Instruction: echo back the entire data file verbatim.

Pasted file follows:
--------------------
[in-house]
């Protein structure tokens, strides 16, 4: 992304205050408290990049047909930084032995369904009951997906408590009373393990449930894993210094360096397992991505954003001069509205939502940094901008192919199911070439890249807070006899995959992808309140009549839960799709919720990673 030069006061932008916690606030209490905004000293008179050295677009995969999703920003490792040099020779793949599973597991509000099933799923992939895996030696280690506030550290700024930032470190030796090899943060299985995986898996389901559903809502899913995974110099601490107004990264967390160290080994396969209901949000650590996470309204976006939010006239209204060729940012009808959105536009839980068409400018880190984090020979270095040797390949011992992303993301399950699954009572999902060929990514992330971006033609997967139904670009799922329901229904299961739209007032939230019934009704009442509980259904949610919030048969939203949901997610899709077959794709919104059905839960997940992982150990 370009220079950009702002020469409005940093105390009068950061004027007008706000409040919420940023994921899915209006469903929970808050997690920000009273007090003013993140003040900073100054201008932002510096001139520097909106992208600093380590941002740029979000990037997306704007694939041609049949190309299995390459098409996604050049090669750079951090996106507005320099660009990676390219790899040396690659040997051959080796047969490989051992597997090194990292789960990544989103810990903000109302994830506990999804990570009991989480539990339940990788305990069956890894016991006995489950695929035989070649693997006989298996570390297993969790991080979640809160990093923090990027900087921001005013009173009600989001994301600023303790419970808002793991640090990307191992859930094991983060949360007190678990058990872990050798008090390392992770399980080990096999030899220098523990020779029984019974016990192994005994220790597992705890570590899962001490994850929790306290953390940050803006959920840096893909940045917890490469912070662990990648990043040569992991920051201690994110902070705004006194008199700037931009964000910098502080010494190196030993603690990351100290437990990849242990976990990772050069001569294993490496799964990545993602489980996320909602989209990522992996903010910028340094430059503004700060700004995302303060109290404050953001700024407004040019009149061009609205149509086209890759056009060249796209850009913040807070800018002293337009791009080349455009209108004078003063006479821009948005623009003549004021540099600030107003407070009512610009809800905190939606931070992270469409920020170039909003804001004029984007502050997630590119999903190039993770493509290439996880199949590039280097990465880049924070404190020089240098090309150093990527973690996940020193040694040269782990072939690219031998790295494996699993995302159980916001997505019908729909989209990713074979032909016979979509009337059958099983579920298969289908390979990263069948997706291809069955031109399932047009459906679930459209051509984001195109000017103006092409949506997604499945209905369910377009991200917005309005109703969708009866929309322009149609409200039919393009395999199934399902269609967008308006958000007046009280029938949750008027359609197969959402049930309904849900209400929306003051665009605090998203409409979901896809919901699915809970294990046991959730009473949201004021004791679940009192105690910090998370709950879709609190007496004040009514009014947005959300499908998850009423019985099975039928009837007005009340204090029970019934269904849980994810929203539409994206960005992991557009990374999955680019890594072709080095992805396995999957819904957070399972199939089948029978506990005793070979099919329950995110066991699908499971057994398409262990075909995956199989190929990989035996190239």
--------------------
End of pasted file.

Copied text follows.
[in-house]
């Protein structure tokens, strides 16, 4: 992304205050408290990049047909930084032995369904009951997906408590009373393990449930894993210094360096397992991505954003001069509205939502940094901008192919199911070439890249807070006899995959992808309140009549839960799709919720990673 030069006061932008916690606030209490905004000293008179050295677009995969999703920003490792040099020779793949599973597991509000099933799923992939895996030696280690506030550290700024930032470190030796090899943060299985995986898996389901559903809502899913995974110099601490107004990264967390160290080994396969209901949000650590996470309204976006939010006239209204060729940012009808959105536009839980068409400018880190984090020979270095040797390949011992992303993301399950699954009572999902060929990514992330971006033609997967139904670009799922329901229904299961739209007032939230019934009704009442509980259904949610919030048969939203949901997610899709077959794709919104059905839960997940992982150990 370009220079950009702002020469409005940093105390009068950061004027007008706000409040919420940023994921899915209006469903929970808050997690920000009273007090003013993140003040900073100054201008932002510096001139520097909106992208600093380590941002740029979000990037997306704007694939041609049949190309299995390459098409996604050049090669750079951090996106507005320099660009990676390219790899040396690659040997051959080796047969490989051992597997090194990292789960990544989103810990903000109302994830506990999804990570009991989480539990339940990788305990069956890894016991006995489950695929035989070649693997006989298996570390297993969790991080979640809160990093923090990027900087921001005013009173009600989001994301600023303790419970808002793991640090990307191992859930094991983060949360007190678990058990872990050798008090390392992770399980080990096999030899220098523990020779029984019974016990192994005994220790597992705890570590899962001490994850929790306290953390940050803006959920840096893909940045917890490469912070662990990648990043040569992991920051201690994110902070705004006194008199700037931009964000910098502080010494190196030993603690990351100290437990990849242990976990990772050069001569294993490496799964990545993602489980996320909602989209990522992996903010910028340094430059503004700060700004995302303060109290404050953001700024407004040019009149061009609205149509086209890759056009060249796209850009913040807070800018002293337009791009080349455009209108004078003063006479821009948005623009003549004021540099600030107003407070009512610009809800905190939606931070992270469409920020170039909003804001004029984007502050997630590119999903190039993770493509290439996880199949590039280097990465880049924070404190020089240098090309150093990527973690996940020193040694040269782990072939690219031998790295494996699993995302159980916001997505019908729909989209990713074979032909016979979509009337059958099983579920298969289908390979990263069948997706291809069955031109399932047009459906679930459209051509984001195109000017103006092409949506997604499945209905369910377009991200917005309005109703969708009866929309322009149609409200039919393009395999199934399902269609967008308006958000007046009280029938949750008027359609197969959402049930309904849900209400929306003051665009605090998203409409979901896809919901699915809970294990046991959730009473949201004021004791679940009192105690910090998370709950879709609190007496004040009514009014947005959300499908998850009423019985099975039928009837007005009340204090029970019934269904849980994810929203539409994206960005992991557009990374999955680019890594072709080095992805396995999957819904957070399972199939089948029978506990005793070979099919329950995110066991699908499971057994398409262990075909995956199989190929990989035996190239």